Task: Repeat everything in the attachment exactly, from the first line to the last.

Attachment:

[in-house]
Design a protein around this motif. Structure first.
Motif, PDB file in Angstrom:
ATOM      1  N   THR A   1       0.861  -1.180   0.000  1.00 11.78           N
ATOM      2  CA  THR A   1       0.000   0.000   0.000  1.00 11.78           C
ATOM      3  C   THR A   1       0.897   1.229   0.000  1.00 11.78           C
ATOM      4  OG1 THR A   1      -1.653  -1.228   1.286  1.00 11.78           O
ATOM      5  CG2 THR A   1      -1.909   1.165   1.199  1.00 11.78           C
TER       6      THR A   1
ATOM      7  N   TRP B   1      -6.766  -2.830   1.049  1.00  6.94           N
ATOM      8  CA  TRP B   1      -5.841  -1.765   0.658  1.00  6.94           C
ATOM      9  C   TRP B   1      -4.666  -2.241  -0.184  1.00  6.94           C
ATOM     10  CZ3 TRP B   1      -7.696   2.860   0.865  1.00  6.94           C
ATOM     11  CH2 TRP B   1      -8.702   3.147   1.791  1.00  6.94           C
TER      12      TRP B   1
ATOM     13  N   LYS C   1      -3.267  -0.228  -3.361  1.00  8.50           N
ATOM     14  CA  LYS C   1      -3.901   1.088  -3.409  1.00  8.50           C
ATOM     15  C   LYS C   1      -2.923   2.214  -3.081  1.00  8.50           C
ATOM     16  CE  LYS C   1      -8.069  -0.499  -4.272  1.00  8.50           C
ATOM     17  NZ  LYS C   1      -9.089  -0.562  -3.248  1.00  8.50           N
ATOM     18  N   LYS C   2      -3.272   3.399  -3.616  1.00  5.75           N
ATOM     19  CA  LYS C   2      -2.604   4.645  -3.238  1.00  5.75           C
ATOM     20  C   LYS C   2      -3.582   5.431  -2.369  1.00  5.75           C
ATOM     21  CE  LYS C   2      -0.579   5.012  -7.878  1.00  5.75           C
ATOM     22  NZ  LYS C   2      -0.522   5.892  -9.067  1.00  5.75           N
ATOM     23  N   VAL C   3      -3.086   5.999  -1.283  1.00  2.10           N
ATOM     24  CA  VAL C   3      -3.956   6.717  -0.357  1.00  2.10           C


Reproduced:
[in-house]
Design a protein around this motif. Structure first.
Motif, PDB file in Angstrom:
ATOM      1  N   THR A   1       0.861  -1.180   0.000  1.00 11.78           N
ATOM      2  CA  THR A   1       0.000   0.000   0.000  1.00 11.78           C
ATOM      3  C   THR A   1       0.897   1.229   0.000  1.00 11.78           C
ATOM      4  OG1 THR A   1      -1.653  -1.228   1.286  1.00 11.78           O
ATOM      5  CG2 THR A   1      -1.909   1.165   1.199  1.00 11.78           C
TER       6      THR A   1
ATOM      7  N   TRP B   1      -6.766  -2.830   1.049  1.00  6.94           N
ATOM      8  CA  TRP B   1      -5.841  -1.765   0.658  1.00  6.94           C
ATOM      9  C   TRP B   1      -4.666  -2.241  -0.184  1.00  6.94           C
ATOM     10  CZ3 TRP B   1      -7.696   2.860   0.865  1.00  6.94           C
ATOM     11  CH2 TRP B   1      -8.702   3.147   1.791  1.00  6.94           C
TER      12      TRP B   1
ATOM     13  N   LYS C   1      -3.267  -0.228  -3.361  1.00  8.50           N
ATOM     14  CA  LYS C   1      -3.901   1.088  -3.409  1.00  8.50           C
ATOM     15  C   LYS C   1      -2.923   2.214  -3.081  1.00  8.50           C
ATOM     16  CE  LYS C   1      -8.069  -0.499  -4.272  1.00  8.50           C
ATOM     17  NZ  LYS C   1      -9.089  -0.562  -3.248  1.00  8.50           N
ATOM     18  N   LYS C   2      -3.272   3.399  -3.616  1.00  5.75           N
ATOM     19  CA  LYS C   2      -2.604   4.645  -3.238  1.00  5.75           C
ATOM     20  C   LYS C   2      -3.582   5.431  -2.369  1.00  5.75           C
ATOM     21  CE  LYS C   2      -0.579   5.012  -7.878  1.00  5.75           C
ATOM     22  NZ  LYS C   2      -0.522   5.892  -9.067  1.00  5.75           N
ATOM     23  N   VAL C   3      -3.086   5.999  -1.283  1.00  2.10           N
ATOM     24  CA  VAL C   3      -3.956   6.717  -0.357  1.00  2.10           C